Atomic Force Microscopy: Yesterday, Today and Tomorrow

Centre for Global Dialogue

More than thirty years ago, Gerd Binnig, Christoph Gerber and Calvin Quate began developing a device that would enable us to see features smaller than one nanometer. That is less than 1/50,000 the diameter of a human hair and far smaller than any traditional microscope could manage. Since then, their atomic force microscope, or AFM, has become one of the most important tools for understanding the nanoscale world. Researchers have used it for different tasks as unfolding proteins, watching chemical reactions as they occur, and arranging atoms to probe their quantum properties.2016 Kavli Prize Laureates in Nanoscience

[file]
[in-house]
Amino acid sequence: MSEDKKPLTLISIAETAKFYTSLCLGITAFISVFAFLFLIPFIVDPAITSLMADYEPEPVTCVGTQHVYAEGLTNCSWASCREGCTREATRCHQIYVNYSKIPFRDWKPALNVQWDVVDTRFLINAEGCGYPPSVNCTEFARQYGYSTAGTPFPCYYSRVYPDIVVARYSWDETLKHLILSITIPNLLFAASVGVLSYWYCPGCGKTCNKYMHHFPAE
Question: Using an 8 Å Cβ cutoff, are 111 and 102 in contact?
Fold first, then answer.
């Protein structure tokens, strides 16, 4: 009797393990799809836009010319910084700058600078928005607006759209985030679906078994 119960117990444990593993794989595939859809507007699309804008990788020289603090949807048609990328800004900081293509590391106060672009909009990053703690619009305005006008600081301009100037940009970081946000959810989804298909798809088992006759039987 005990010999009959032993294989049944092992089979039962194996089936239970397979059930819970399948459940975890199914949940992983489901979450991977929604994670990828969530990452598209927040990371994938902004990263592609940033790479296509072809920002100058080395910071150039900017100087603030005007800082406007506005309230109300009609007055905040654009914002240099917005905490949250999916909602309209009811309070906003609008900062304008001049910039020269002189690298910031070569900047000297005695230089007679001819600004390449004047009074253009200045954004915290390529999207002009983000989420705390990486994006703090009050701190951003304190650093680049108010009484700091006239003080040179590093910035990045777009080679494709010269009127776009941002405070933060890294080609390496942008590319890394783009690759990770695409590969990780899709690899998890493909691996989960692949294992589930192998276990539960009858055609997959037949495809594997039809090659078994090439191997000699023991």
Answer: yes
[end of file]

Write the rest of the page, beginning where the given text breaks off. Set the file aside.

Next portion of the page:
In 2016 Binning, Gerber and Quate were recognized with the Kavli Prize in Nanoscience. Their breakthrough in measurement technology and nanosculpting continues to have a transformative impact on nanoscience and technology.

In honoring their breakthrough on their home ground, IBM Research, Swiss Re and The Kavli Prize will host a Symposium on 25 Sep 2017 in the Centre for Global Dialogue, Zurich, Switzerland. The Symposium is open for the public, but registration is necessary. For more information: